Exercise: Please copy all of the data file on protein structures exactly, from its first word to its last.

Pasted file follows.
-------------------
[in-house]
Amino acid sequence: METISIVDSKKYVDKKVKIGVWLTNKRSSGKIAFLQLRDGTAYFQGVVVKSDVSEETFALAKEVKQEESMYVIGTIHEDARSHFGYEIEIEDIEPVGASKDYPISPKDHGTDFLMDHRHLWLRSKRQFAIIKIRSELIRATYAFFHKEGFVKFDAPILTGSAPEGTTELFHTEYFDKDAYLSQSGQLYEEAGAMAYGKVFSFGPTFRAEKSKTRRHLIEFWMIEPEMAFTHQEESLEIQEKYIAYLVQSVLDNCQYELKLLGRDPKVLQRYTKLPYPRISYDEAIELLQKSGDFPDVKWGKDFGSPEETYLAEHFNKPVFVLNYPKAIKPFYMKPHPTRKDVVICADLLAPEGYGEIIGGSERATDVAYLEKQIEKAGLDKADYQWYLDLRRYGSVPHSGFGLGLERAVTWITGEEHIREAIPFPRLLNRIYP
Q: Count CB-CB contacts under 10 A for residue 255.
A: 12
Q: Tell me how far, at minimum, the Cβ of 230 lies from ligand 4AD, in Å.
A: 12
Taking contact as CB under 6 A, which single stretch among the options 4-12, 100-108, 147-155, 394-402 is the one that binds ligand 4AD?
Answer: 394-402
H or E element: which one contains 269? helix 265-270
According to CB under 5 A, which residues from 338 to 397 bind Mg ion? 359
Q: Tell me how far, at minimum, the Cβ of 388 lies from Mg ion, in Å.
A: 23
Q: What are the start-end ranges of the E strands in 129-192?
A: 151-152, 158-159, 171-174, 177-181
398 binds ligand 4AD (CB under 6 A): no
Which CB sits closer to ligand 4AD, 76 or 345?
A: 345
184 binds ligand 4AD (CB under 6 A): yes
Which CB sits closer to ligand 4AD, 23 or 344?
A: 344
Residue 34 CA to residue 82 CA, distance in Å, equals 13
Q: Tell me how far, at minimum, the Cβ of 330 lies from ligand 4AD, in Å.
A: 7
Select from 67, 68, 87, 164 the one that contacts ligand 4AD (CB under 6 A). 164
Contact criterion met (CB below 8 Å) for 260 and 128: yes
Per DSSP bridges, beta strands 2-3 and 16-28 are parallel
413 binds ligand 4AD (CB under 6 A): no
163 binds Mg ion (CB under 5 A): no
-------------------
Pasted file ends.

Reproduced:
[in-house]
Amino acid sequence: METISIVDSKKYVDKKVKIGVWLTNKRSSGKIAFLQLRDGTAYFQGVVVKSDVSEETFALAKEVKQEESMYVIGTIHEDARSHFGYEIEIEDIEPVGASKDYPISPKDHGTDFLMDHRHLWLRSKRQFAIIKIRSELIRATYAFFHKEGFVKFDAPILTGSAPEGTTELFHTEYFDKDAYLSQSGQLYEEAGAMAYGKVFSFGPTFRAEKSKTRRHLIEFWMIEPEMAFTHQEESLEIQEKYIAYLVQSVLDNCQYELKLLGRDPKVLQRYTKLPYPRISYDEAIELLQKSGDFPDVKWGKDFGSPEETYLAEHFNKPVFVLNYPKAIKPFYMKPHPTRKDVVICADLLAPEGYGEIIGGSERATDVAYLEKQIEKAGLDKADYQWYLDLRRYGSVPHSGFGLGLERAVTWITGEEHIREAIPFPRLLNRIYP
Q: Count CB-CB contacts under 10 A for residue 255.
A: 12
Q: Tell me how far, at minimum, the Cβ of 230 lies from ligand 4AD, in Å.
A: 12
Taking contact as CB under 6 A, which single stretch among the options 4-12, 100-108, 147-155, 394-402 is the one that binds ligand 4AD?
Answer: 394-402
H or E element: which one contains 269? helix 265-270
According to CB under 5 A, which residues from 338 to 397 bind Mg ion? 359
Q: Tell me how far, at minimum, the Cβ of 388 lies from Mg ion, in Å.
A: 23
Q: What are the start-end ranges of the E strands in 129-192?
A: 151-152, 158-159, 171-174, 177-181
398 binds ligand 4AD (CB under 6 A): no
Which CB sits closer to ligand 4AD, 76 or 345?
A: 345
184 binds ligand 4AD (CB under 6 A): yes
Which CB sits closer to ligand 4AD, 23 or 344?
A: 344
Residue 34 CA to residue 82 CA, distance in Å, equals 13
Q: Tell me how far, at minimum, the Cβ of 330 lies from ligand 4AD, in Å.
A: 7
Select from 67, 68, 87, 164 the one that contacts ligand 4AD (CB under 6 A). 164
Contact criterion met (CB below 8 Å) for 260 and 128: yes
Per DSSP bridges, beta strands 2-3 and 16-28 are parallel
413 binds ligand 4AD (CB under 6 A): no
163 binds Mg ion (CB under 5 A): no